On top of everything, Federer was playing with an adductor injury, for which he required treatment. He took medical time outs in the semis and the final after the fourth sets, something he rarely does, something he was almost apologetic about when he beat Wawrinka.

And yet…

Rage, rage against the dying light

Rage he did, but it was rage without malice. Harmoniously violent backhands, forehands with airtime that belonged in the NBA, and aces that Nadal’s biceps could only envy as they whizzed past. But as the sunlight died, and Nadal took the game into a fifth set, the light seemed to die on Federer’s miraculous run against an unforgiving draw.

Would he ever get a tournament where the top two seeds went out early? Would he ever get a tournament where he was so physically fresh? Would he ever get a final against Nadal having had one recovery day more than his opponent? Would he ever get a chance to bury the ghosts of his losses to his great rival, dubbed “The greatest player of Federer”?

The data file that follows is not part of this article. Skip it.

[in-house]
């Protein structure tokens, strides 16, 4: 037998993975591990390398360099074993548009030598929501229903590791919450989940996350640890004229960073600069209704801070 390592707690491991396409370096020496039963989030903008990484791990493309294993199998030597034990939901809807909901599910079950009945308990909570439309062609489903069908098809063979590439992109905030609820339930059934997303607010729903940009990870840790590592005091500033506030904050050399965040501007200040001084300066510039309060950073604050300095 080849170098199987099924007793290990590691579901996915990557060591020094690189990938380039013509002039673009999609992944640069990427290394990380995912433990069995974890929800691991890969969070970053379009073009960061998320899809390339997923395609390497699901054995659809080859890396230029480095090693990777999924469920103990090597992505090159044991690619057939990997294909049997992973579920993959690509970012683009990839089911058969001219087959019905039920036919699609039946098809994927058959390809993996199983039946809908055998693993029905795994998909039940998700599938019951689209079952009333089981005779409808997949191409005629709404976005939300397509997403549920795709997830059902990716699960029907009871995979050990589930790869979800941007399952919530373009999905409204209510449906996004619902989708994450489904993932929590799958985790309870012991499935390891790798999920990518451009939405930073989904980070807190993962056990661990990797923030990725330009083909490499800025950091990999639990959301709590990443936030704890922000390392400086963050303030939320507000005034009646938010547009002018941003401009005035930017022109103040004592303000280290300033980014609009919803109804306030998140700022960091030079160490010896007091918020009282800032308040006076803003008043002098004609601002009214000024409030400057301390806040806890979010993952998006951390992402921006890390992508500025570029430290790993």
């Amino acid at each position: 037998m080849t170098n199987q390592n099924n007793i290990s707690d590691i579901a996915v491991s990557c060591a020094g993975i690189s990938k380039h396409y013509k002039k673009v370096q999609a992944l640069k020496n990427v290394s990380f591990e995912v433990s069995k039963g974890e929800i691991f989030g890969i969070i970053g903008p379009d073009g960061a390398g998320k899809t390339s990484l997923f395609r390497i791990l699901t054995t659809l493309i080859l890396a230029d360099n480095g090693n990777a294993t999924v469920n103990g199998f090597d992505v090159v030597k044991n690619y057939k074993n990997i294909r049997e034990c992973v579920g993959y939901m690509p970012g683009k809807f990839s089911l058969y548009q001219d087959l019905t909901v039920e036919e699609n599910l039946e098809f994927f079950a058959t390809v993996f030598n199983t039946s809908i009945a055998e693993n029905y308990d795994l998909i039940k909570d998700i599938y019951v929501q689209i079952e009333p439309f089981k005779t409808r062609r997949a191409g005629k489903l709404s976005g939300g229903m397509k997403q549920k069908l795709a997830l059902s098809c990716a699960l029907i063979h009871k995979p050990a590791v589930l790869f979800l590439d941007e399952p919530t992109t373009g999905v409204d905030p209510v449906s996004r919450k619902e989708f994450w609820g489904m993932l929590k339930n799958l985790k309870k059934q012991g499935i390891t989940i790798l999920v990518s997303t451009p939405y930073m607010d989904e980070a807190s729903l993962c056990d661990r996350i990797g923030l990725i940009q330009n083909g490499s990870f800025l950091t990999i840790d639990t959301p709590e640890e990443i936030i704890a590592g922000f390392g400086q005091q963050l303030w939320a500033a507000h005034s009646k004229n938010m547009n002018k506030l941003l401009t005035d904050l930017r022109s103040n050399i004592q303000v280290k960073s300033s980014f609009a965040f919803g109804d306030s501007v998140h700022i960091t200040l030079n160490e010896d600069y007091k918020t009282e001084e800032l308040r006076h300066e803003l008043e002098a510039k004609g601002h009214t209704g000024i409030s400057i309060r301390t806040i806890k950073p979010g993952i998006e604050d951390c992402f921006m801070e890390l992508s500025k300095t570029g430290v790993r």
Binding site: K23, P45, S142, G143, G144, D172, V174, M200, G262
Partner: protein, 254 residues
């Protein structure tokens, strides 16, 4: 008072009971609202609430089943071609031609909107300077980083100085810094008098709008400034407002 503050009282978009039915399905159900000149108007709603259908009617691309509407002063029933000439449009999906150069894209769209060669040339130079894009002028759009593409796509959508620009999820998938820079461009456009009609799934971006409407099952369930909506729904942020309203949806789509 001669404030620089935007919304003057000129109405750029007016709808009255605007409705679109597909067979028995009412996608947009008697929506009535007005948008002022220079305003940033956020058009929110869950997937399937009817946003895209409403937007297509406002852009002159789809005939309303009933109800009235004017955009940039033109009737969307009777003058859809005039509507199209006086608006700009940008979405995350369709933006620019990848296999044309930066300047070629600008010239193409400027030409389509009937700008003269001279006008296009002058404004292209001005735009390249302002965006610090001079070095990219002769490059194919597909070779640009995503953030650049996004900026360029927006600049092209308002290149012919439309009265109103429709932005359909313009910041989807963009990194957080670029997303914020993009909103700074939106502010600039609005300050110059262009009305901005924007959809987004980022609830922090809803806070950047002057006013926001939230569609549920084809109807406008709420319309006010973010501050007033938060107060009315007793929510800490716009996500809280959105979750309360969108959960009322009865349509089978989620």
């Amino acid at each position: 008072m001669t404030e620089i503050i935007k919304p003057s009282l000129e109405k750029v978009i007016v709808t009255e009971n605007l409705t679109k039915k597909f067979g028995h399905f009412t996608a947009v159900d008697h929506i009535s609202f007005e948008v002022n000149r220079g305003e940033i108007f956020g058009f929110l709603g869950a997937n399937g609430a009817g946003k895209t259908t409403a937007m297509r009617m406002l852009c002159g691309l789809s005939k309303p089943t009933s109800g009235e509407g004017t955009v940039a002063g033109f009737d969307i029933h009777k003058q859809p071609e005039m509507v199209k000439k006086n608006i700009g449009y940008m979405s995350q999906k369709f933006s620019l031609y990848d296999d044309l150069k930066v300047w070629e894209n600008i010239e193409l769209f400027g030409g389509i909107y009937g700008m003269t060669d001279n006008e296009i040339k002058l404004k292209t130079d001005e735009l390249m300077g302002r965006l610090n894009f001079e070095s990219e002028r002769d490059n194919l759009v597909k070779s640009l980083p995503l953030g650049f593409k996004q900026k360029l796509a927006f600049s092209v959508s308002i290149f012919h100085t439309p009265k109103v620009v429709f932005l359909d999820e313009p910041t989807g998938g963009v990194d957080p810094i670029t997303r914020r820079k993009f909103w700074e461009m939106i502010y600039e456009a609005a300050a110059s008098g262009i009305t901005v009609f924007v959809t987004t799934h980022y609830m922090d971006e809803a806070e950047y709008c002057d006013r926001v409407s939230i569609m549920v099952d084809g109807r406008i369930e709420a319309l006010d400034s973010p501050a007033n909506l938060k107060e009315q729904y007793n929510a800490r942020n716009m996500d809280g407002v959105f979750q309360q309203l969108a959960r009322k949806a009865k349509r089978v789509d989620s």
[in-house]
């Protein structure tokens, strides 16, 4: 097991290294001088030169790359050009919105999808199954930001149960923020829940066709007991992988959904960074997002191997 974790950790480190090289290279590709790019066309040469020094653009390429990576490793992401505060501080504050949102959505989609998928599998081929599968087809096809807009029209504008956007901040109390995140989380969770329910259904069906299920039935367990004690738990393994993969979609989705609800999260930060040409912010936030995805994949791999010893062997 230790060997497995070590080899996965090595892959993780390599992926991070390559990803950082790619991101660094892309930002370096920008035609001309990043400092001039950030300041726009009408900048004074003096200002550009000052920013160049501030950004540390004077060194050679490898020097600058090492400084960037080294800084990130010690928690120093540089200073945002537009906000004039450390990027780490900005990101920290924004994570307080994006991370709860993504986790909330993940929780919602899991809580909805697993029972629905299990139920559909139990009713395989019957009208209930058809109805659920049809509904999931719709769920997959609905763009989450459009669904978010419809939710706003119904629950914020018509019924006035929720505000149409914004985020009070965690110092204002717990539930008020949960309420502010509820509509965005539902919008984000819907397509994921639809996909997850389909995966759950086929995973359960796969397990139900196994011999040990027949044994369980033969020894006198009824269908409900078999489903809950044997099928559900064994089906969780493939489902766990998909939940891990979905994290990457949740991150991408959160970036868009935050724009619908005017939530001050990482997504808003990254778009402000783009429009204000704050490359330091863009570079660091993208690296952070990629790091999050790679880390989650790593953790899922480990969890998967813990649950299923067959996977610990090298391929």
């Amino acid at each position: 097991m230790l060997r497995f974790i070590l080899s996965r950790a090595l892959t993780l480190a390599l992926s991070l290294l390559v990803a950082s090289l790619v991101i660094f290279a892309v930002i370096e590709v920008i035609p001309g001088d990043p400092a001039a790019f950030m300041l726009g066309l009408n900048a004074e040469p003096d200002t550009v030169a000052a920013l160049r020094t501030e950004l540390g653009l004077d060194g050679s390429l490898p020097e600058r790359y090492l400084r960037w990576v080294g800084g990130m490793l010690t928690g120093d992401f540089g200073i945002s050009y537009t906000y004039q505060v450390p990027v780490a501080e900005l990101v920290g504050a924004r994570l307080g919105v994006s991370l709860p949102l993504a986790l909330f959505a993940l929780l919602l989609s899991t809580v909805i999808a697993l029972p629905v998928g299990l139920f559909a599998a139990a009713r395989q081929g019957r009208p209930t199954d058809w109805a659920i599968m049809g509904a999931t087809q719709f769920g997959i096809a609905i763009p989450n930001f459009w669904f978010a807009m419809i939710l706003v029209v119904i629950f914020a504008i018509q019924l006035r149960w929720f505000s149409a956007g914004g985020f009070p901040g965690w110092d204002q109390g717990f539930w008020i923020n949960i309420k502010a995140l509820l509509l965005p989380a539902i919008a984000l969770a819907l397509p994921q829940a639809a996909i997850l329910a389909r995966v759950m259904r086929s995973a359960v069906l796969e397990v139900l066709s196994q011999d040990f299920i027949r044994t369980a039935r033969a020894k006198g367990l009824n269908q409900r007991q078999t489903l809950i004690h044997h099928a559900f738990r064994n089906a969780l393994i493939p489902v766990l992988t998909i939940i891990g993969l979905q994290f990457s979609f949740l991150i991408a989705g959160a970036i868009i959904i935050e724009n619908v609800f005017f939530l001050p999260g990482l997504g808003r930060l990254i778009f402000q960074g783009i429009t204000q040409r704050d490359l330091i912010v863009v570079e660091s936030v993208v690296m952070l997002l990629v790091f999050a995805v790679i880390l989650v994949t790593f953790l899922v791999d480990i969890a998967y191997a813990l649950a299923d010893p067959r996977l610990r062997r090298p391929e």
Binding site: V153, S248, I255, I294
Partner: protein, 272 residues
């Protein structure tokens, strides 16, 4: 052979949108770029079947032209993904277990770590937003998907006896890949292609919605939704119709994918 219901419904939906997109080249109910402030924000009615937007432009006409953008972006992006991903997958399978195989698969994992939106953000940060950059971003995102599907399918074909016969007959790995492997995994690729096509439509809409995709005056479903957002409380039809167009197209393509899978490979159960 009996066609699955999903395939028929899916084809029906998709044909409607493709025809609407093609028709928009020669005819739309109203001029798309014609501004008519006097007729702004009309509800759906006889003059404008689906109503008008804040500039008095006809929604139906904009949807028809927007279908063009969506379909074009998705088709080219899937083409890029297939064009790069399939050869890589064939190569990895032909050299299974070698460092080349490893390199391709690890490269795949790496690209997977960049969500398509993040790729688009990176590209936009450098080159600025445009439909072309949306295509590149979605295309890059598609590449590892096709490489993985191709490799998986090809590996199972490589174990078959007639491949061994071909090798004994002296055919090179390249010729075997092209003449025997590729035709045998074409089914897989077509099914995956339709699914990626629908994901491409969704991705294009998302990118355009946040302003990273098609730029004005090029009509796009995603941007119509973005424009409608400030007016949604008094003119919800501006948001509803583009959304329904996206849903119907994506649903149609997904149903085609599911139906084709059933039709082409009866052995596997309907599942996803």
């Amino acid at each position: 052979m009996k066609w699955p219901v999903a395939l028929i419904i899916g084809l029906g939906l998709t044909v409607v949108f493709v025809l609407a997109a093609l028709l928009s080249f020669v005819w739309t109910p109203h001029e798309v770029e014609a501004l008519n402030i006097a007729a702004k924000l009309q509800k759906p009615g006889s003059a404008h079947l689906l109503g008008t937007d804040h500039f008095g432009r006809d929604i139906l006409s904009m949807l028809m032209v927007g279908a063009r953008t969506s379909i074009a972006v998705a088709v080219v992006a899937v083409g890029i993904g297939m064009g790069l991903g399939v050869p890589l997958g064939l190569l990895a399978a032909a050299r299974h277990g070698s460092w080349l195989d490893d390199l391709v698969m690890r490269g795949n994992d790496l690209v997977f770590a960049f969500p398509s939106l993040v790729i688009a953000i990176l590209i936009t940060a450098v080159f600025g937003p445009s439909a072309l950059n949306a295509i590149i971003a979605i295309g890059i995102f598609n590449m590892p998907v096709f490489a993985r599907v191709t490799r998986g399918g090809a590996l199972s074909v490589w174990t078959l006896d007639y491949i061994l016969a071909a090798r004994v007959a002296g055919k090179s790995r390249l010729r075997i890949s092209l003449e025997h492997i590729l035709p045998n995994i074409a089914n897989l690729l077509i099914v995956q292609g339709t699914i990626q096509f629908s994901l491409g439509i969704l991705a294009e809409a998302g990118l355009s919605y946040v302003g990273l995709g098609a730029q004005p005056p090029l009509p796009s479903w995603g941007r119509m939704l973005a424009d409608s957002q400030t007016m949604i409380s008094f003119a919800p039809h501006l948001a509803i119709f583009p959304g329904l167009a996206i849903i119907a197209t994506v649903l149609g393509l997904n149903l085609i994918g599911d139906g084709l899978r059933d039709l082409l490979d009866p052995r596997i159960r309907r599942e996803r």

Then came the long sought break. After ridiculous defence where Nadal saved five break points in a row, Federer finally prised the break back from the Spaniard’s grip. Then came four more games in a row. Inexplicably, Nadal seemed to fade away in service games, only to rise while facing break points (he only conceded two out of eleven in that set). But it proved enough of an opening for Federer.

Nadal’s final challenge proved just inadequate in more ways than one. And after the jumps, after the fist pumps, after the Swiss raised his hands to the sky, Federer went down on one knee, just for a moment, as if receiving a knighthood.

Maybe it was a subconscious acknowledgement of the enormity of his achievement. For his fans, the moment was his anointment – having overcome his greatest labour yet – as the greatest ever.

And so…

Do not go gentle into that good night

Old age should burn and rave at close of day

Rage, rage against the dying of the light

Though wise men at their end know dark is right

Because their words forked no lightning they

Do not go gentle into that good night

Rage, rage against the dying light

— Dylan Thomas

This article first appeared on Scroll.in